Bruce Bullough (U of Utah '79)
    Portage, MI (formerly of WA, OK, AZ, MN, CO)

  • 9.  RE: Where should my grandkids get BSChE degree? Online? Price Matters. Does the school?

    Posted 03-12-2018 10:04

    The interpretation of Best for career preparation partly depends on the career aspiration.  Briefly:  If industry bound, then I'd suggest that conventional state schools are the best for a practice-oriented undergraduate development.  If academe or federal laboratory leadership is desired, then the imprimatur of a top research institution will be an advantage.

    However, I think there are two alternate considerations:  First, the student makes the difference.  All programs use the same textbook choices, necessarily rely on teaching assistants for grading and coaching contact with students, and are accredited by the same organization (ABET).  The not-chemical engineering instructors (mathematics, statistics, chemistry, physics, English, etc.) define the content of most of the classes.  What the student invests in their personal development is what determines their level of preparation; that is what makes the difference.  By analogy, it is not a fancy gym with modern equipment that makes the athlete skillful; it is the work that the individual does in the gym.  I think student's dedication to growth is of much greater importance than the school.  Partly, this means that the compatibility of the student to the school environment is important to engendering that allegiance to the purpose and dedication to the work.  But also, it is the influence of family, faculty, and peers at the school that will shape the student's perspective.  So, a Best school is one that invigorates and enthuses the student.

    Second, education is about whole person development, the individual's preparation for career and life.  It is not just about the intellectual aspect of the math and science fundamentals of chemical engineering.  Preparation includes developing a perspective on life (maturing), balance, interpersonal effectiveness skills, flexibility, initiative, health and wellness, and all of those things industry seeks in hires, which are also what we seek for our children and grandchildren.  You want a school that understands, and is effective in, whole person development.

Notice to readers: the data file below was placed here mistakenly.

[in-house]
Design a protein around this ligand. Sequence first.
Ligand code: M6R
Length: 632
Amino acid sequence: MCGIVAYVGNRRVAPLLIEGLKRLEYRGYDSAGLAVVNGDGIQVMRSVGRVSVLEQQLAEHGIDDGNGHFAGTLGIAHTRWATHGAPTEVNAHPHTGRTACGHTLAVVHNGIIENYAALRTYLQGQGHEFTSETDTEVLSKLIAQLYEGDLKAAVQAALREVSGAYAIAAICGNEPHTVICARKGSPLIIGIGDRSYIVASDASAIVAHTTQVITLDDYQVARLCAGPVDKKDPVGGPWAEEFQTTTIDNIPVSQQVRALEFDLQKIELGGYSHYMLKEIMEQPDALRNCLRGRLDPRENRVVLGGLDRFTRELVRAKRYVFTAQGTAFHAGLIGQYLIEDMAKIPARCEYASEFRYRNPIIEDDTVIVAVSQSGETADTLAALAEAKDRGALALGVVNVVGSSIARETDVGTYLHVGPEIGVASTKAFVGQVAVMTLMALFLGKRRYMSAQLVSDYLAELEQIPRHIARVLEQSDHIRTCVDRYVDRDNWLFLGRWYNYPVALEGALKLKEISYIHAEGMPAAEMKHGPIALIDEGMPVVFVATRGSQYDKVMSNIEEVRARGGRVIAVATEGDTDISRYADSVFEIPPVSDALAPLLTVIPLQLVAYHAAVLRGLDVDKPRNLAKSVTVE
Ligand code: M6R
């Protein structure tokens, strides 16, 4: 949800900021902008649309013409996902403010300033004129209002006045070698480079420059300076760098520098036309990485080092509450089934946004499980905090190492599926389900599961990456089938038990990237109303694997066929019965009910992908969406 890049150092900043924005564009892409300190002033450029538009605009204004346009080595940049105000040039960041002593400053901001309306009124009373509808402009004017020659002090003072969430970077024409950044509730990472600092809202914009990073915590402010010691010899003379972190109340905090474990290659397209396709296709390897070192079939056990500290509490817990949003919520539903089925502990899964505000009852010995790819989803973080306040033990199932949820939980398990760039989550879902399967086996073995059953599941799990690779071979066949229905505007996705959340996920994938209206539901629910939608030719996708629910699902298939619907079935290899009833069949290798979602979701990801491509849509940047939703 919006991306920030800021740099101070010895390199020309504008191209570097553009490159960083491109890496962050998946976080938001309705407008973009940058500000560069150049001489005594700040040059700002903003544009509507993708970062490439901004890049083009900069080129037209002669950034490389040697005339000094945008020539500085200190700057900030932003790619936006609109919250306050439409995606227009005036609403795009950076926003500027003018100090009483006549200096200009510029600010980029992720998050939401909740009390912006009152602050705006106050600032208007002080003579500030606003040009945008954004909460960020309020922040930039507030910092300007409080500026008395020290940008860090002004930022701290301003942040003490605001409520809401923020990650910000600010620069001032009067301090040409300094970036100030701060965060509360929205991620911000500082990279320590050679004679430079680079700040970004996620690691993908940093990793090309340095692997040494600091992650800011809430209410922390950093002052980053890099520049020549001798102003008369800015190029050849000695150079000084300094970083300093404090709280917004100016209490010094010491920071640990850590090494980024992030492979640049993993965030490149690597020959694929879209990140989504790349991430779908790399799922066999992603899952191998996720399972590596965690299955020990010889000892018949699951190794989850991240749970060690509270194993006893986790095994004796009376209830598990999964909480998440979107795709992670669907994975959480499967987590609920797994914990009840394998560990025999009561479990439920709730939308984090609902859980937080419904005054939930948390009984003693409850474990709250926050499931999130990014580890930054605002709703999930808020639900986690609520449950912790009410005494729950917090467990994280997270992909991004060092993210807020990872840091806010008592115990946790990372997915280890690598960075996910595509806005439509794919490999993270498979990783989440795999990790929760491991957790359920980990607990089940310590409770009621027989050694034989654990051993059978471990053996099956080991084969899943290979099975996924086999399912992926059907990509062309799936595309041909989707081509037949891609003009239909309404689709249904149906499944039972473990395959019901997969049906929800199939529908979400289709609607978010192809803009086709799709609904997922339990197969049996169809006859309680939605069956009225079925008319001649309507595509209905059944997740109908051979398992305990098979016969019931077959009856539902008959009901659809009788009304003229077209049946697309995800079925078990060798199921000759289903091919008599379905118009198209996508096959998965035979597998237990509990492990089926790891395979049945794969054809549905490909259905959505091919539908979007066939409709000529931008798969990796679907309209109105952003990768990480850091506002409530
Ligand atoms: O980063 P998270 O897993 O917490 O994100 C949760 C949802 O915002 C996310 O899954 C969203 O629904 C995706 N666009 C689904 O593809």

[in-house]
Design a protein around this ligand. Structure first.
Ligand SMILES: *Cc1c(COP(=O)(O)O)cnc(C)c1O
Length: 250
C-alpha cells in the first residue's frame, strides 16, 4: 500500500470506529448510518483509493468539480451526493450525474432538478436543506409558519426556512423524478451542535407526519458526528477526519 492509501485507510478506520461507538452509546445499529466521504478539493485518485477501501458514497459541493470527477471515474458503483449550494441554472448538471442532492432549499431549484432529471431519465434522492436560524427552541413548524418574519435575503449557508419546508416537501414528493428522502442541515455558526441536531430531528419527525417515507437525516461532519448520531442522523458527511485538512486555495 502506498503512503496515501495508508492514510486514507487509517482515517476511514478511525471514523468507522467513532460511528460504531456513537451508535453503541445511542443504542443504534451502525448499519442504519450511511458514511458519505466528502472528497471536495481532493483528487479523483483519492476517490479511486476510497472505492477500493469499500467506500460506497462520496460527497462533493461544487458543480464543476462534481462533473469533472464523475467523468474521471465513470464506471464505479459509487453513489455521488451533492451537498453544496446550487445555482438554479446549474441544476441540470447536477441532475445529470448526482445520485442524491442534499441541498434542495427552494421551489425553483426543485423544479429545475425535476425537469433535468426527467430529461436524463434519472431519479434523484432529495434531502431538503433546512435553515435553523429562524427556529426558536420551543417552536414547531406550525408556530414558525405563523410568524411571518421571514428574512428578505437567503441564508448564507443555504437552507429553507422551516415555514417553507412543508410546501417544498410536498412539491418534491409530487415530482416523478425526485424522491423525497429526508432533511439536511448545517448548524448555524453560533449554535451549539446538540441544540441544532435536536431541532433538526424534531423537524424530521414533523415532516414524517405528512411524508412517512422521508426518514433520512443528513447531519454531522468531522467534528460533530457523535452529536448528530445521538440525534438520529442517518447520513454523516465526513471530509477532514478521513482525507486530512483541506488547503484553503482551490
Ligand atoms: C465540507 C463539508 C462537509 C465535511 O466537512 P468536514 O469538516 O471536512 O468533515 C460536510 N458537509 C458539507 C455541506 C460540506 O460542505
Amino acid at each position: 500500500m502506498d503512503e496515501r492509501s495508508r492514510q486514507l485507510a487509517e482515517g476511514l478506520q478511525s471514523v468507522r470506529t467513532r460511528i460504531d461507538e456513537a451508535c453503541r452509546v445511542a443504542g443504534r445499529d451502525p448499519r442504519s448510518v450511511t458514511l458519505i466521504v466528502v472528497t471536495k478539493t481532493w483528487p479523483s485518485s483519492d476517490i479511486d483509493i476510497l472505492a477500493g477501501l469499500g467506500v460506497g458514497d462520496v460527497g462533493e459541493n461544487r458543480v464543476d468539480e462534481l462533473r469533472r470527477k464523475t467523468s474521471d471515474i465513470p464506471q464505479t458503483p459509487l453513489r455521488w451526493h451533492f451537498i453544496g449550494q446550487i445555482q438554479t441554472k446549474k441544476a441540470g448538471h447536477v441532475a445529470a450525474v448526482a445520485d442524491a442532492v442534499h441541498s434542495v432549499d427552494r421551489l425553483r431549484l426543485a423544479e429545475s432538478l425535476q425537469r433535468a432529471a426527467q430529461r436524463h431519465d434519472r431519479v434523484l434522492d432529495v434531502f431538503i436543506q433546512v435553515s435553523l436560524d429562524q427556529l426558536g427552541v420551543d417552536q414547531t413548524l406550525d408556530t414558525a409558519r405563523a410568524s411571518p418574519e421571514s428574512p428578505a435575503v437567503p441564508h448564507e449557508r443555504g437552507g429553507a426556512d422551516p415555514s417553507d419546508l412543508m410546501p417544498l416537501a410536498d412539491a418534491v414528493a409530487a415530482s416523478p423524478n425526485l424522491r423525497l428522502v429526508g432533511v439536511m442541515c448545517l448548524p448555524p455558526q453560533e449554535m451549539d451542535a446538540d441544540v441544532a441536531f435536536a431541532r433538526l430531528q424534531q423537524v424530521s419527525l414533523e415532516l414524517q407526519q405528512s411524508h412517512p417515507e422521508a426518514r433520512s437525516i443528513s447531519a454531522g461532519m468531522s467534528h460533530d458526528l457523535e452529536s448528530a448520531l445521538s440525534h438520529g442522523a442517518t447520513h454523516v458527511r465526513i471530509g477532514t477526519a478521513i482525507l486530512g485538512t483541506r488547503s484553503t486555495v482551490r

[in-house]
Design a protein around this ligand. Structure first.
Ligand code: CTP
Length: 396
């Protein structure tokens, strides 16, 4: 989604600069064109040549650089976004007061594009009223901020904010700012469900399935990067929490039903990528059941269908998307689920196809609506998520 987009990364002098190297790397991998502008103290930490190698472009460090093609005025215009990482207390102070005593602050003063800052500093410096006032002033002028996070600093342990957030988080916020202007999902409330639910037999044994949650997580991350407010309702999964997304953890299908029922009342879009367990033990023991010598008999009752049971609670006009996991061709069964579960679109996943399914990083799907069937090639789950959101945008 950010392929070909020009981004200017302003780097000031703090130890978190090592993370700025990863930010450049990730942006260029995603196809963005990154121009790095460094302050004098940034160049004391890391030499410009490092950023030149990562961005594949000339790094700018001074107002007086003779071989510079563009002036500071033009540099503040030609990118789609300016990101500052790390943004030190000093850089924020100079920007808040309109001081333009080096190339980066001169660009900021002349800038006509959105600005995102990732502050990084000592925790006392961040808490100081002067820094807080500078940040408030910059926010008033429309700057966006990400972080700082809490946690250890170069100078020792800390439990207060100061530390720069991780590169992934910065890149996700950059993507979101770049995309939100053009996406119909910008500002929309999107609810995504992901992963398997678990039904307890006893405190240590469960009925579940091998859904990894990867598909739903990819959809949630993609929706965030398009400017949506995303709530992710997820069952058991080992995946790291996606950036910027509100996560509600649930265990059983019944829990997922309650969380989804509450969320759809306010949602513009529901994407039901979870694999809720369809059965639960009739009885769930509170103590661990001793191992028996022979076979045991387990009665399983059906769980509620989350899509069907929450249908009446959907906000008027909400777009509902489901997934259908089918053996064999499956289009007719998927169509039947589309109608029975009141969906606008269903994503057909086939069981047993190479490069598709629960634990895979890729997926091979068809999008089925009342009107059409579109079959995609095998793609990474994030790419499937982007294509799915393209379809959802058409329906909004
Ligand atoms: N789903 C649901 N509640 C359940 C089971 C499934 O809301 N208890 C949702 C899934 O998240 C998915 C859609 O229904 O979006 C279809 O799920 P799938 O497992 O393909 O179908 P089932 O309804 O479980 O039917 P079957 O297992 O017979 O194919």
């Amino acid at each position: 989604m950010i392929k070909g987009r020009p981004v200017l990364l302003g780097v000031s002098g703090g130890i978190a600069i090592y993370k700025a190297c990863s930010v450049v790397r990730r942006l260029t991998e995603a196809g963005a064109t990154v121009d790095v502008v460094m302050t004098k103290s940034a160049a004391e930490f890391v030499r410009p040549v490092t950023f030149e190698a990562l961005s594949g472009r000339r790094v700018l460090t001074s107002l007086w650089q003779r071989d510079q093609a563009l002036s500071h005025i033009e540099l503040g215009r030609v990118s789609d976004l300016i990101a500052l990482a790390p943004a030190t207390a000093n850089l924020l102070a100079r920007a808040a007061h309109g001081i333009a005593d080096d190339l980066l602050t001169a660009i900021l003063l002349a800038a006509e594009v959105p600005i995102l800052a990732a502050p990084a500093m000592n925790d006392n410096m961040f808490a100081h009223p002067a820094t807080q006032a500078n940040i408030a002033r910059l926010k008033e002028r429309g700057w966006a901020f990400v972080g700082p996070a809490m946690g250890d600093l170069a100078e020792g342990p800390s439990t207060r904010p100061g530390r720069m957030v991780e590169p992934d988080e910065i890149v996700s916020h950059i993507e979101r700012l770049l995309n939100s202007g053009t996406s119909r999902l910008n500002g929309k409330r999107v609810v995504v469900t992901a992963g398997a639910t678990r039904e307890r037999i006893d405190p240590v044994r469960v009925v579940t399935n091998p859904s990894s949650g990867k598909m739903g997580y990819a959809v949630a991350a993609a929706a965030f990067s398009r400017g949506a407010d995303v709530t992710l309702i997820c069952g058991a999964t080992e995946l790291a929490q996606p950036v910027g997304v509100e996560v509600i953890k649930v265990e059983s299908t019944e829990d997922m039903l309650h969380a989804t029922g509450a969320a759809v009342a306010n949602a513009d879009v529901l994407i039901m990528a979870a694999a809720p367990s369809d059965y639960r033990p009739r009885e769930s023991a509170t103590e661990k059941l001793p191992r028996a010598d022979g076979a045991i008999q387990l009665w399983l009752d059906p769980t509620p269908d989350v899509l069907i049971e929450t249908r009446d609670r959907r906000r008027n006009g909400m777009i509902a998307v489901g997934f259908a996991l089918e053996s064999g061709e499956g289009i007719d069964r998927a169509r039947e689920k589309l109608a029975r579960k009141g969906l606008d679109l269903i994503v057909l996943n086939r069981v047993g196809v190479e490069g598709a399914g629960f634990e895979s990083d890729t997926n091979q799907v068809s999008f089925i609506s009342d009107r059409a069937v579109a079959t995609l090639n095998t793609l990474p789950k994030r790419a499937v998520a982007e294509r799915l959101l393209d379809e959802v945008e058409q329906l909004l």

Don't be misled by ranking.  Schools are ranked on their graduate productivity (number of PhDs graduated, number of archival papers published, and amount of income for research).  And, usually the faculty attributes that achieve top research ranking, means they have little time to invest in the undergraduates.  In my opinion, the top ranked schools are not the best in preparing graduates for engineering practice careers (although top ranked schools will offer many facts to contradict that).  I suggest readers investigate relevant ranking attributes for themselves.  See what programs win and place in the AIChE Plant Design and Safety contests, win and place in the AIChE ChemE-Car competition, and receive Outstanding recognition for the AIChE Student Chapters.  (Excellence in education is not about research awards or ACT scores.)

    I was a chemical engineering professor in two US universities for the past 31 years, serving as program Head for 13 years.  Prior, I rose to engineering supervision in industry for a 13 year period.  Throughout, I saw the performance of a lot of students and engineers representing many colleges.  In the graduate program we receive students from around the world from a large ranking diversity of colleges, and I find, the student's success seems uncorrelated to the student's origin or preparation.  Similarly, in industry, we hired folks from many universities, and their success seemed uncorrelated to the stature of the program that granted their degrees.  So, again, it will be the student that makes the outcome of education great, or not.

    Tell the student to invest in the courses, but as well, be active in diverse extra-curricular activities related to all aspects of professional and personal wellness development.  Industry seeks technically competent students as new hires.  But, there are many to choose from in each graduating class, and from each university.  What makes technically qualified students attractive to industry is a record of leadership effectiveness in human organizations, energetic nature, flexibility, health, creativity, diligence, cooperation, etc.  Choose a program that encourages activities that permit the student to develop those essential soft skills.  They are complementary to, and often more important to career and life than, the technical skills of the major.

    Where ever, it will be a nominal 4-year program.  The student will live in that place for 4 years, or a bit more.  Consider climate and culture of the locale.   Also, the student will wear the school colors for life.  Like a tattoo, we all wear the brand, and express the legacy and style of our undergraduate school and locale.  To have the energy to invest in the curriculum and extra-curricular activities, the student will need to want to be there.  So, choose a compatible place.